Photography is my passion. In the first place, I take pictures for myself because I want to remember that special sunset or what that mountain looked like below the clouds. But it also allows me to stay connected with my friends and family abroad. Icelandic landscapes are all natural, untouched. No one has put any work into shaping it like it is – and seeing that helps others get out of their own heads, too.
I even do live video sessions in nature with good friends. I put the phone on a seat next to me, with the camera aimed at the horizon. There’s barely any talking during those video calls, I’m just sharing the beauty around me.
You’ve been living in Iceland for a few years now. Did you connect with the nature straight away?
No, not at all. I arrived here in the midst of winter so I spent most my time indoors, hidden under layers of wool. But I quickly found something I missed from Syria: the social relations with each other. Back in Syria, I felt so connected. I didn’t need to plan things with friends or family members. We just did.
Before I moved to Iceland, I lived in Belgium for a few years. In all those years, friends rarely mentioned their family members. I never heard them talk about their father or sisters. It made me believe social relations are a Middle Eastern thing – something I had to give up when I left. But here in Iceland, there’s always someone knocking on your door. A friend or a grandmother with her grandchildren, stopping by for a coffee. People are constantly calling you to invite you over for dinner or to just go outside for a bit. Icelandic families are so connected, so close to each other.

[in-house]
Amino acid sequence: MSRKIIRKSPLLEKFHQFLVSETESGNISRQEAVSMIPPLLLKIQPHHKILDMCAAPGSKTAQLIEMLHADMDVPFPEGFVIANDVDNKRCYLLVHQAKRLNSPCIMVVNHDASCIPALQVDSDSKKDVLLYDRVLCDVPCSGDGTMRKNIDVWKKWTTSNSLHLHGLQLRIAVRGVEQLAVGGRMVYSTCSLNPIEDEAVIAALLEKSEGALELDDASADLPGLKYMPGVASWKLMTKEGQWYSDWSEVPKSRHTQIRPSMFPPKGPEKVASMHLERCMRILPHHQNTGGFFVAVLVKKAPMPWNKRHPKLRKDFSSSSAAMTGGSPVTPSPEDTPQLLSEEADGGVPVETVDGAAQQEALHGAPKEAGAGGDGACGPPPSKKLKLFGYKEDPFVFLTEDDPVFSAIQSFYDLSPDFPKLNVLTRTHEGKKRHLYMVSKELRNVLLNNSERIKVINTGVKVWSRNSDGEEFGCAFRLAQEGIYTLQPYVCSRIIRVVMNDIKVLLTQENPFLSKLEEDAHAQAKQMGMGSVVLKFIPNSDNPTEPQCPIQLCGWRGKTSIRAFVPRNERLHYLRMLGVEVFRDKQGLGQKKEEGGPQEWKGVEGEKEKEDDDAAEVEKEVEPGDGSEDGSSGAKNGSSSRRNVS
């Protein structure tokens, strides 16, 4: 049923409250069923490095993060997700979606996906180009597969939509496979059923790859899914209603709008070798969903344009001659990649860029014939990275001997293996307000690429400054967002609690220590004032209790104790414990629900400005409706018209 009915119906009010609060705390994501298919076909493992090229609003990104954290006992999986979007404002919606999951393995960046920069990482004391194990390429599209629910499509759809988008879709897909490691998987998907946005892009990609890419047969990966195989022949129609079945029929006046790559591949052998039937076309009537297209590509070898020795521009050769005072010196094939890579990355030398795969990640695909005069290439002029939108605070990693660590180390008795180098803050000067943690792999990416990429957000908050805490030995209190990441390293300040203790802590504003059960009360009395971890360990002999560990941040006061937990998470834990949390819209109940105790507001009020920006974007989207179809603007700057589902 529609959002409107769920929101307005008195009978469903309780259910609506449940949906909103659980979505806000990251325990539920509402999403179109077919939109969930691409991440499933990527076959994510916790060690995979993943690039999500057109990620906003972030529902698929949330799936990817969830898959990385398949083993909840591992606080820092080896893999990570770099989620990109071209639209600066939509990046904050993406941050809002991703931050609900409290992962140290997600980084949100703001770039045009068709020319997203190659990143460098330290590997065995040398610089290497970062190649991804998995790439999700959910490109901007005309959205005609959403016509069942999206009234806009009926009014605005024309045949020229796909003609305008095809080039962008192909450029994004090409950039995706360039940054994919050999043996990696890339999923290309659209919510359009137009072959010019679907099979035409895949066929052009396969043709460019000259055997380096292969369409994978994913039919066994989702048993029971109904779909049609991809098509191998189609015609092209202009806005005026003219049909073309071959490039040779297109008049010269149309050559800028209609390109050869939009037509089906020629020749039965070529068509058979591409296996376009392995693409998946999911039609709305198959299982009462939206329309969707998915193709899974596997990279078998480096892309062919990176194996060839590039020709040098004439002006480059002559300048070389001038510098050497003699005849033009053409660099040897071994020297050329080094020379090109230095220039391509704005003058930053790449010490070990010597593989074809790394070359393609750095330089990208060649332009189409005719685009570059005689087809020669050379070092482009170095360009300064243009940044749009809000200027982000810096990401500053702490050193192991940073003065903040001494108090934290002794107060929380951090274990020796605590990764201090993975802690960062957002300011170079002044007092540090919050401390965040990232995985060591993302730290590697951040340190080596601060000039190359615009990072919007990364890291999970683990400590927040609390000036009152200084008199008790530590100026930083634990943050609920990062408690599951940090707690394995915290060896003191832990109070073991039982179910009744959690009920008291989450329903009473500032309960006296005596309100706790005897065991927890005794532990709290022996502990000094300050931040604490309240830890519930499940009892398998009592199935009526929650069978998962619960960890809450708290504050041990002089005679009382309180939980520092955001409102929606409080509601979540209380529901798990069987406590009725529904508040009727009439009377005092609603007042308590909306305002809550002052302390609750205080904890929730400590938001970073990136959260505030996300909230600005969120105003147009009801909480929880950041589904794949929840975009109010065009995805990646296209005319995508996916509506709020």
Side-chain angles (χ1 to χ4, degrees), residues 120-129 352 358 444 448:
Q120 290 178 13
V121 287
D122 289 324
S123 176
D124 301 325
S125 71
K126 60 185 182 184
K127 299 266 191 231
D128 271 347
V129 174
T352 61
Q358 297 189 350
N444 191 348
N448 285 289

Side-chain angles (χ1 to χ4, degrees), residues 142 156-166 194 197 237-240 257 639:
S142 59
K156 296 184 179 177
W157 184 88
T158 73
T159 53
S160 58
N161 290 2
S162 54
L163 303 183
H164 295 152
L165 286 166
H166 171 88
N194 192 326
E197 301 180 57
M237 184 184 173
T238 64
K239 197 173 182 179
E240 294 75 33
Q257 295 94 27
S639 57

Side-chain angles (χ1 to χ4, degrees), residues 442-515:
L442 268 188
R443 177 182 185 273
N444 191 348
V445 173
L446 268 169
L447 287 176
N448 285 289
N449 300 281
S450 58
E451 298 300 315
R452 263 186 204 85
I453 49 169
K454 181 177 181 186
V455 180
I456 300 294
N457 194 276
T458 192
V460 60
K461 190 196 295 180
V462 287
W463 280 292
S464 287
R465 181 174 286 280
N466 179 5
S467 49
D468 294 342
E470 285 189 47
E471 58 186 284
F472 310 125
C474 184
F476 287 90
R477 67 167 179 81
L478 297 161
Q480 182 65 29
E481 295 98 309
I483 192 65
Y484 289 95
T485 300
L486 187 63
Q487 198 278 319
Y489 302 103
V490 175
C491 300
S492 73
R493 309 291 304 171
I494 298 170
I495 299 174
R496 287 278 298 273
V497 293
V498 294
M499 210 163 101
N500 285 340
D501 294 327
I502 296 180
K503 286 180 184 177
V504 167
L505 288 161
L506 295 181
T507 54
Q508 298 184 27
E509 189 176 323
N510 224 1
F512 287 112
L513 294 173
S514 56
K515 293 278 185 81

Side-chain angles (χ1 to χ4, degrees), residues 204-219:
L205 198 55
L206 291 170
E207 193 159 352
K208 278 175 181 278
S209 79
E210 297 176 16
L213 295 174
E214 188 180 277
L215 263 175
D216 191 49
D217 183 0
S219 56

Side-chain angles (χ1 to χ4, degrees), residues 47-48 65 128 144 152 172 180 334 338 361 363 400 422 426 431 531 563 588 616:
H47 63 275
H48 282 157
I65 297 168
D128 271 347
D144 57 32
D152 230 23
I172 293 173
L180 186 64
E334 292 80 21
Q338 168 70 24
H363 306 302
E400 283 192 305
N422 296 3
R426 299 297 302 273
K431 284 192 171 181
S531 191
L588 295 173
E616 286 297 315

Being surrounded by others brings amazing power. You’re not by yourself: everyone is here for you and you are here for them. You cannot fail: there will always be someone around you to catch you.
Do you think people in Iceland are more connected because of the unforgiving nature and climate they live in?
Certainly. The landscape is so harsh that people have to stick together to survive and thrive. Iceland is a big nation, but with few inhabitants. There are towns with just 50 people living there, so you really have to stick together. Take the month of May for example. That’s the season to deliver the lambs. So you’ll get a call from a friend, asking whether you’re free to help. And while you’re bringing new life into this world, you’re building the connection with the country, with its nature and its people.
It’s difficult to be so isolated from the rest of the world. But the positives outweigh the negatives. For one, I’ve learned so much about farming. I didn’t know a thing before I got here, but now I spend almost everyday with people who talk about farming. In May, the talk of the town is about delivering lambs. In September, it’s the slaughtering season.
You’re living life in seasons. That’s a whole different rhythm compared to the modern, European city-life.
In a sense, it’s a return back to the old ways for me. And it even makes me feel more connected with my own heritage. My grandparents also used to talk in seasons, not months. So while I’m integrating in this country, at the same time I’m forming a new bond with Syria, with the culture I grew up in.
Kinan in a nutshell:
FAVORITE NATIONAL PARK:
Hiking and photography
LOOKING FORWARD TO:
Opening a small farm